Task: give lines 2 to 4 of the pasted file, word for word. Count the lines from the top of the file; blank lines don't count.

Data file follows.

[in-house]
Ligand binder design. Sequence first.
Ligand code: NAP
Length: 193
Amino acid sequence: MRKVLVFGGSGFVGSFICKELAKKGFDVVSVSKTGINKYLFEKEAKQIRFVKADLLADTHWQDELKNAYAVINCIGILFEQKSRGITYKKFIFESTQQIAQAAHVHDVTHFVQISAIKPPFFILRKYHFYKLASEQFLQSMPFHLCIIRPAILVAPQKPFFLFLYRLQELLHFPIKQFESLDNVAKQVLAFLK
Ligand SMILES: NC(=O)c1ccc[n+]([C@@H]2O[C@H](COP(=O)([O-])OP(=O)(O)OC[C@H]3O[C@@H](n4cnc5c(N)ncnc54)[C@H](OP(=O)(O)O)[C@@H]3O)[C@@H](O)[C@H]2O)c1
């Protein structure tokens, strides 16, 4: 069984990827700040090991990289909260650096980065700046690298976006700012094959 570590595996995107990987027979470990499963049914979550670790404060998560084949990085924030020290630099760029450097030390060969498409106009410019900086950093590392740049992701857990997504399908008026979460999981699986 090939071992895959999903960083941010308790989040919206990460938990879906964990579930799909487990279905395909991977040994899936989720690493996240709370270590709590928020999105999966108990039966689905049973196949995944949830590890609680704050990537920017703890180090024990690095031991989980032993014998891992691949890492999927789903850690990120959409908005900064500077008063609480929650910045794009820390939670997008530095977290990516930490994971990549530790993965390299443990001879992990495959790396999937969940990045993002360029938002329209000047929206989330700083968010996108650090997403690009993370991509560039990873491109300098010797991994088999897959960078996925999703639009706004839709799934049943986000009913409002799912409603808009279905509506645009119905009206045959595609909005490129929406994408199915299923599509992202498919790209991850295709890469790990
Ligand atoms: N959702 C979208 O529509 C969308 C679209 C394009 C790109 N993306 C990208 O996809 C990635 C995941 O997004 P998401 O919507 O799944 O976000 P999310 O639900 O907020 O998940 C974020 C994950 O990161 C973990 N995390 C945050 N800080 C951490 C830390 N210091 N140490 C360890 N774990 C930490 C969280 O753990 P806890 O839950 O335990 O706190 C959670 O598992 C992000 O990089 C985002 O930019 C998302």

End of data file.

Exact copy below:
Ligand binder design. Sequence first.
Ligand code: NAP
Length: 193